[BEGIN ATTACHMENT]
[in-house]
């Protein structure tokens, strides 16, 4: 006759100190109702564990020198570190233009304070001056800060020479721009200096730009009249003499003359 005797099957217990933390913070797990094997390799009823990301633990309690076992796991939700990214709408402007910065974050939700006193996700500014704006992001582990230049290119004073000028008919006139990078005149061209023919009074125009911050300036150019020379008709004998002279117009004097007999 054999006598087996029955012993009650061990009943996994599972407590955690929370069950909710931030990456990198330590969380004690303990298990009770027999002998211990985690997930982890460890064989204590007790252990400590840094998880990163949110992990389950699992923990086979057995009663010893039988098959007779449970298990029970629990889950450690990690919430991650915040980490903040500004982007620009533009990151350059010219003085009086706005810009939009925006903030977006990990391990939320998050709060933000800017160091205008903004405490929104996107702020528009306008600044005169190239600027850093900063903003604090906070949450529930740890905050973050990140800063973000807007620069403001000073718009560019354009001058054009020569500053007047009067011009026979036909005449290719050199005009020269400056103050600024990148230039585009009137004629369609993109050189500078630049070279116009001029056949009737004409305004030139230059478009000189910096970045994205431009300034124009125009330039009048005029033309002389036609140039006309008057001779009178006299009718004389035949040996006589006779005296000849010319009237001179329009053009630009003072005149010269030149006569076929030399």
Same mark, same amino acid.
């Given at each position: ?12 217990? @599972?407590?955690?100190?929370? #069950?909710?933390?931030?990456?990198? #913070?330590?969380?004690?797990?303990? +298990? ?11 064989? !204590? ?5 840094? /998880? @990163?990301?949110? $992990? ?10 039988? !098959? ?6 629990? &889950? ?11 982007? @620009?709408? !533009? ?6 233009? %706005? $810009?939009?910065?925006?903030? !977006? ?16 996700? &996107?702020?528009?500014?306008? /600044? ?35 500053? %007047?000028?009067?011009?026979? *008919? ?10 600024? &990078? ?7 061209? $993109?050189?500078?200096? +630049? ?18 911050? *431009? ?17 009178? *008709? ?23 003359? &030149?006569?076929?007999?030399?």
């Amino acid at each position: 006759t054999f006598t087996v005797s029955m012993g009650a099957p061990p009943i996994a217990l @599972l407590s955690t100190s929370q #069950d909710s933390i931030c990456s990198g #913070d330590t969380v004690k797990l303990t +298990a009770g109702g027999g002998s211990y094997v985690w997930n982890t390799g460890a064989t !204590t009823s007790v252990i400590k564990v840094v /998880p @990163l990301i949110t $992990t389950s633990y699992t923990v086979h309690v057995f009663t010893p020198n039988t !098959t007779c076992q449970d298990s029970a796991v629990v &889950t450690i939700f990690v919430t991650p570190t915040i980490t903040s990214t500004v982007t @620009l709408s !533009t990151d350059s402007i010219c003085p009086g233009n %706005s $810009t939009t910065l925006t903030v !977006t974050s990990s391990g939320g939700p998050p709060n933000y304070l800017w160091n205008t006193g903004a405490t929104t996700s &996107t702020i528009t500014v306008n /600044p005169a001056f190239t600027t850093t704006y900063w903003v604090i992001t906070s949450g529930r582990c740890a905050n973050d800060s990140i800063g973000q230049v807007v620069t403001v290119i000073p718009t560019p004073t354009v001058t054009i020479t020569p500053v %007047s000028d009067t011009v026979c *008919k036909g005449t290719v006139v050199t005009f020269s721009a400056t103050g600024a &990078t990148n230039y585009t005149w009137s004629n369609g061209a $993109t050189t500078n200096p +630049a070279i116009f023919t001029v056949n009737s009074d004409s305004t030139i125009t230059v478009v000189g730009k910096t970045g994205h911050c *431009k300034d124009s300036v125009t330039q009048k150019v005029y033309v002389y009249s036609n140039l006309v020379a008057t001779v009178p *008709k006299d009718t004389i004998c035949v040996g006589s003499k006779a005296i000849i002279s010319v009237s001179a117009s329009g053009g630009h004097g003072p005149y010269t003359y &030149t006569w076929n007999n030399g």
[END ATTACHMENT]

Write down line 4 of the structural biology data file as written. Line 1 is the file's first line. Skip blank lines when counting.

């Given at each position: ?12 217990? @599972?407590?955690?100190?929370? #069950?909710?933390?931030?990456?990198? #913070?330590?969380?004690?797990?303990? +298990? ?11 064989? !204590? ?5 840094? /998880? @990163?990301?949110? $992990? ?10 039988? !098959? ?6 629990? &889950? ?11 982007? @620009?709408? !533009? ?6 233009? %706005? $810009?939009?910065?925006?903030? !977006? ?16 996700? &996107?702020?528009?500014?306008? /600044? ?35 500053? %007047?000028?009067?011009?026979? *008919? ?10 600024? &990078? ?7 061209? $993109?050189?500078?200096? +630049? ?18 911050? *431009? ?17 009178? *008709? ?23 003359? &030149?006569?076929?007999?030399?």